Off-campus UMass Amherst users: To download campus access dissertations, please use the following link to log into our proxy server with your UMass Amherst user name and password.

Non-UMass Amherst users: Please talk to your librarian about requesting this dissertation through interlibrary loan.

Dissertations that have an embargo placed on them will not be available to anyone until the embargo expires.

Author ORCID Identifier

https://orcid.org/0000-0002-6633-7824

Document Type

Campus-Only Access for Five (5) Years

Degree Name

Doctor of Philosophy (PhD)

Degree Program

Chemistry

Year Degree Awarded

2020

Month Degree Awarded

February

First Advisor

S. Thayumanavan

Subject Categories

Biomaterials | Biotechnology | Cell Biology | Materials Chemistry | Organic Chemistry | Polymer Chemistry

Abstract

Therapeutic delivery refers to the transportation of a pharmaceutical compound to the desired target to achieve its therapeutic effect. Cationic materials are commonly employed to facilitate therapeutic delivery by interacting with cell membrane via electrostatic interaction. However, positive surface charge in cationic materials interferes the integrity of cell membrane, therefore inducing toxicity in therapeutic delivery systems at high dosage. Non-cationic materials exhibit reduced toxicity profiles comparing to cationic materials. In this dissertation, synthetic polymers are utilized to formulate non-cationic systems to expand their applications in therapeutic delivery, specifically for drug encapsulation, RNA delivery and subcellular localization. In terms of drug encapsulation, non-cationic copolymers demonstrate tunable drug loading capacities with a simple combinatorial formulation of copolymers. For RNA delivery, non-cationic RNA-polymer complexes are successfully used for the delivery of double-stranded RNA with negligible cytotoxicity, initiating the intracellular RNA interference process for gene specific regulation. Regarding subcellular localization, an end group labeling strategy for synthetic polymers is presented as a precisely controlled platform for the functionalization of polymers. With the conjugation of delocalized lipophilic cations (DLCs, commonly used mitochondrial targeting moieties), anionic polymers exhibit significantly promoted mitochondrial targeting effect than their cationic and charge-neutral analog. Meanwhile, the labeling strategy is broadly applicable for polymers with different surface charge. Fluorescently labelled polymers using such strategy are finally used to probe the effect of surface charge on the endocytic process of synthetic polymers.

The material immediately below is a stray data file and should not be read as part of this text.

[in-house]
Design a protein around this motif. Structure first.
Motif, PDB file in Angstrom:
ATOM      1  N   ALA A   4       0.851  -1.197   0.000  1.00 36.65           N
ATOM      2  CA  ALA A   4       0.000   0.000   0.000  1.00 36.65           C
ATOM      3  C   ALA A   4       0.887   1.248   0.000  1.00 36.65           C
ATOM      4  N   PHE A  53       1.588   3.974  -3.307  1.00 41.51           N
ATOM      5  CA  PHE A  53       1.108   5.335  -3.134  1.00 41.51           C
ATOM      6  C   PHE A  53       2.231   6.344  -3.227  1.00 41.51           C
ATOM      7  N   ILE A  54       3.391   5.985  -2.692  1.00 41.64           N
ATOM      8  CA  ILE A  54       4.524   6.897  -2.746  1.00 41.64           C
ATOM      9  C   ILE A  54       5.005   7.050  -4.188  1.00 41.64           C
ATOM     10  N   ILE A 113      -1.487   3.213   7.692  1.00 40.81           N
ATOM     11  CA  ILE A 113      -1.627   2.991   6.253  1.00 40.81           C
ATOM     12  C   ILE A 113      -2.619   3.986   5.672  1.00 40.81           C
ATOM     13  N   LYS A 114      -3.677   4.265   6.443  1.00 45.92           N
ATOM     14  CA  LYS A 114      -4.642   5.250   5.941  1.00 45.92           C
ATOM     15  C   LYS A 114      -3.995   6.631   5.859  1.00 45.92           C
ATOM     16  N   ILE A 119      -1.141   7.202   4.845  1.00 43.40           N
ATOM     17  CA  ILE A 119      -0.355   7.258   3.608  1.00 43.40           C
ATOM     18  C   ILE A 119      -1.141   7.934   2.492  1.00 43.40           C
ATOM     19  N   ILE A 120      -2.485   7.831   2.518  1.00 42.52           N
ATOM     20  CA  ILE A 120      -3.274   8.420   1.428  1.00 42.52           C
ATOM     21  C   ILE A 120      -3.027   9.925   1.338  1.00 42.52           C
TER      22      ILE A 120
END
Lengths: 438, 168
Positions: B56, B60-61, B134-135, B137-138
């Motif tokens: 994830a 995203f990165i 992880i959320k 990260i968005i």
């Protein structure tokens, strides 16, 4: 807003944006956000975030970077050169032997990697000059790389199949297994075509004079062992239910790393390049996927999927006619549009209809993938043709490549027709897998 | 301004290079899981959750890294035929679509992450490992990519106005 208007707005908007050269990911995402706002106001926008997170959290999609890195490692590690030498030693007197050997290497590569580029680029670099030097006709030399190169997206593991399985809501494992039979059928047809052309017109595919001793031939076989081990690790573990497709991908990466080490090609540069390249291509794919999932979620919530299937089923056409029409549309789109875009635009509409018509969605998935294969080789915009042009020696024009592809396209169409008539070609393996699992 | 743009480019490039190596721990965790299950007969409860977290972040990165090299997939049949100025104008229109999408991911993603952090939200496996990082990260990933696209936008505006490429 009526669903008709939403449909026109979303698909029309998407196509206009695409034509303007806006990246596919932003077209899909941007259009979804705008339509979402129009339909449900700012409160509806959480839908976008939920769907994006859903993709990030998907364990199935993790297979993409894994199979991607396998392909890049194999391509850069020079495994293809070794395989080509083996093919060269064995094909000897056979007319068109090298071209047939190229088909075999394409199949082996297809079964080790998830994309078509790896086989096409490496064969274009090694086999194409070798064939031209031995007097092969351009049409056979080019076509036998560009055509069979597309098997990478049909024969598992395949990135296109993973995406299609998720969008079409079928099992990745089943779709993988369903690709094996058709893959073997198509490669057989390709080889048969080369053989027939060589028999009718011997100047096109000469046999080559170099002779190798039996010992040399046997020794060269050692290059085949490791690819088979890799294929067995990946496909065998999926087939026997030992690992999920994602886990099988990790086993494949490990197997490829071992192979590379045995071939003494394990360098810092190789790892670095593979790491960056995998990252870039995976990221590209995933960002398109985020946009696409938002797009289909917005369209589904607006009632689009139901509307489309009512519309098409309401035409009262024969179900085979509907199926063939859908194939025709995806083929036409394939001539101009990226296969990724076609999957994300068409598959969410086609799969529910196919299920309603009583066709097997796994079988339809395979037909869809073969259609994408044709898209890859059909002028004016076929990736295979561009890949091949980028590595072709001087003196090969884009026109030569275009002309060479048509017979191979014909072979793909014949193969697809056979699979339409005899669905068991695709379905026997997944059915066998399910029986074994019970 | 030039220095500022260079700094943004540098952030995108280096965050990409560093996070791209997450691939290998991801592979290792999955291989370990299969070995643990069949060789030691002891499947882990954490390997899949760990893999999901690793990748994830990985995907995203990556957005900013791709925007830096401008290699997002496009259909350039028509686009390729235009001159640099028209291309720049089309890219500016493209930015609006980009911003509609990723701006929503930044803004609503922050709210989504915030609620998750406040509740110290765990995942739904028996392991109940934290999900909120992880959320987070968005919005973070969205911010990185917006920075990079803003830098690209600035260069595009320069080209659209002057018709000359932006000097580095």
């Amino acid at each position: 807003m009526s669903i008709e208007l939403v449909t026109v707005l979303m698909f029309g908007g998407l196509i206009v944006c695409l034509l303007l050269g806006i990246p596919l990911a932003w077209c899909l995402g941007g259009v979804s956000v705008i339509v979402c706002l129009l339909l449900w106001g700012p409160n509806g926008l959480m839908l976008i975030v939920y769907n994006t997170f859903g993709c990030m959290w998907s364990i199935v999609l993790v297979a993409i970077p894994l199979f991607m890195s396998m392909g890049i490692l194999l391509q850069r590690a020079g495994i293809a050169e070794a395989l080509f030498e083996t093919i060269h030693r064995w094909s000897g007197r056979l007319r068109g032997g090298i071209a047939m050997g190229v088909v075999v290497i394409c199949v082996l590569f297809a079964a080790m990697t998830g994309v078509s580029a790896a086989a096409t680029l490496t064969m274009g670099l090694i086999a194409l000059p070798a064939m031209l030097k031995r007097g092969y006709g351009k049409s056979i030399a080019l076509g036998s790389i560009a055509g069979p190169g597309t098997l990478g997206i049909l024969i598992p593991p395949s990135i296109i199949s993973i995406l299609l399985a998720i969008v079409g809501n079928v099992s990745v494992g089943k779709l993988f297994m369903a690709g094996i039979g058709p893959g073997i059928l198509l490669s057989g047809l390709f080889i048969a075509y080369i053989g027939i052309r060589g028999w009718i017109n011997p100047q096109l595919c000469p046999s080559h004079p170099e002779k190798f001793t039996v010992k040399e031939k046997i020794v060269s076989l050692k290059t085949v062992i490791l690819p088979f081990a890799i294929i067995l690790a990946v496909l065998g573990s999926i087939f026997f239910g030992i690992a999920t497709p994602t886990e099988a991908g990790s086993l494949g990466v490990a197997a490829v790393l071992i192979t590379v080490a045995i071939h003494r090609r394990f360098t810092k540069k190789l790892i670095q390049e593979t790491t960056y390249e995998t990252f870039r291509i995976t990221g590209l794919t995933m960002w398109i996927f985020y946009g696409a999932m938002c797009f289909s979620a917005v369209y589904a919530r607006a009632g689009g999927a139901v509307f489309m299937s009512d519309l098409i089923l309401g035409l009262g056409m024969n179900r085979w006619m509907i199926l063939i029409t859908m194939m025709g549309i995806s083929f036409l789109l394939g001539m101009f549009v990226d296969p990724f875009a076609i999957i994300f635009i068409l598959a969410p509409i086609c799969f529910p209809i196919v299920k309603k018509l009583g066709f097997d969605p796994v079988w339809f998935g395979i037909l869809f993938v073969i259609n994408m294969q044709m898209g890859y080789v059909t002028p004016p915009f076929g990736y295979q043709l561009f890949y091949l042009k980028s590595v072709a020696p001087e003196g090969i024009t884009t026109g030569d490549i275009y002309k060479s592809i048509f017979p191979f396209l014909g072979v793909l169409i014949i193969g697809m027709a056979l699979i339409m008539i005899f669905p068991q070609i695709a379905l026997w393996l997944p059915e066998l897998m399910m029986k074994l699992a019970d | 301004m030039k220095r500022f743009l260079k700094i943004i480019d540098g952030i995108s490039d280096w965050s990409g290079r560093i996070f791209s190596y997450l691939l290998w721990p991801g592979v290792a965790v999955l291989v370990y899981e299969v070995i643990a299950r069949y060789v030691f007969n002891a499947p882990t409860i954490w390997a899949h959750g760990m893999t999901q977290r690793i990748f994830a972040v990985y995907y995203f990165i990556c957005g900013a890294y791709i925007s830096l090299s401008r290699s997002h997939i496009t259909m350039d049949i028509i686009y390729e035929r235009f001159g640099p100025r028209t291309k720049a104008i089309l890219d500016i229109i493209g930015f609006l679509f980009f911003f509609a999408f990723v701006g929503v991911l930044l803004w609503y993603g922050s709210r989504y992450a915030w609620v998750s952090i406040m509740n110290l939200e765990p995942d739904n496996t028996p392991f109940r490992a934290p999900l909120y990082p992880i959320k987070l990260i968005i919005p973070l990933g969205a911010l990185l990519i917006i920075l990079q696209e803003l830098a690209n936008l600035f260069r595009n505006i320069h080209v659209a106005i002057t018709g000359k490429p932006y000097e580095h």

DOI

https://doi.org/10.7275/acvc-cd11

Creative Commons License

Creative Commons Attribution-Noncommercial 4.0 License
This work is licensed under a Creative Commons Attribution-Noncommercial 4.0 License

Share

COinS